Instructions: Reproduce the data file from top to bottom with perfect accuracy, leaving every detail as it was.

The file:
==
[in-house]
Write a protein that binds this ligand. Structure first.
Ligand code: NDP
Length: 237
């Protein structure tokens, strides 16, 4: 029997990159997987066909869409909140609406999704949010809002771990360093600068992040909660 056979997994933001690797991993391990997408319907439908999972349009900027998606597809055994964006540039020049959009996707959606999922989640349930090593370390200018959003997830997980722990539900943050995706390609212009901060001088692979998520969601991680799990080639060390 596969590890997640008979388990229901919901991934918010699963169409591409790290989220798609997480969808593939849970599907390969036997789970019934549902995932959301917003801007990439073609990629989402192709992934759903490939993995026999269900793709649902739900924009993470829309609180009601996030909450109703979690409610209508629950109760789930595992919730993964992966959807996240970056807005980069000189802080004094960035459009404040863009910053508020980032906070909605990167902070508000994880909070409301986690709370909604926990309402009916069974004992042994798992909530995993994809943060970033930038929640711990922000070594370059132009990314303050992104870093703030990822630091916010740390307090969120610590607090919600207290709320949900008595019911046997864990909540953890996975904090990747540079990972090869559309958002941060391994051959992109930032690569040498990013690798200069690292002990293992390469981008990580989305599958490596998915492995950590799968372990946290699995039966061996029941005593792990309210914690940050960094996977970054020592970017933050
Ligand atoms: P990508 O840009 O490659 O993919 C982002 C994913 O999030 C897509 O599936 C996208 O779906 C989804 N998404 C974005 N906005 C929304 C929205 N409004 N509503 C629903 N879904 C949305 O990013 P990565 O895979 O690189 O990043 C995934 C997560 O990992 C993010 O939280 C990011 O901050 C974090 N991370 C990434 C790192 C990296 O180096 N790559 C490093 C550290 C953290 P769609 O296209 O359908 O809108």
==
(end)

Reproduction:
[in-house]
Write a protein that binds this ligand. Structure first.
Ligand code: NDP
Length: 237
């Protein structure tokens, strides 16, 4: 029997990159997987066909869409909140609406999704949010809002771990360093600068992040909660 056979997994933001690797991993391990997408319907439908999972349009900027998606597809055994964006540039020049959009996707959606999922989640349930090593370390200018959003997830997980722990539900943050995706390609212009901060001088692979998520969601991680799990080639060390 596969590890997640008979388990229901919901991934918010699963169409591409790290989220798609997480969808593939849970599907390969036997789970019934549902995932959301917003801007990439073609990629989402192709992934759903490939993995026999269900793709649902739900924009993470829309609180009601996030909450109703979690409610209508629950109760789930595992919730993964992966959807996240970056807005980069000189802080004094960035459009404040863009910053508020980032906070909605990167902070508000994880909070409301986690709370909604926990309402009916069974004992042994798992909530995993994809943060970033930038929640711990922000070594370059132009990314303050992104870093703030990822630091916010740390307090969120610590607090919600207290709320949900008595019911046997864990909540953890996975904090990747540079990972090869559309958002941060391994051959992109930032690569040498990013690798200069690292002990293992390469981008990580989305599958490596998915492995950590799968372990946290699995039966061996029941005593792990309210914690940050960094996977970054020592970017933050
Ligand atoms: P990508 O840009 O490659 O993919 C982002 C994913 O999030 C897509 O599936 C996208 O779906 C989804 N998404 C974005 N906005 C929304 C929205 N409004 N509503 C629903 N879904 C949305 O990013 P990565 O895979 O690189 O990043 C995934 C997560 O990992 C993010 O939280 C990011 O901050 C974090 N991370 C990434 C790192 C990296 O180096 N790559 C490093 C550290 C953290 P769609 O296209 O359908 O809108």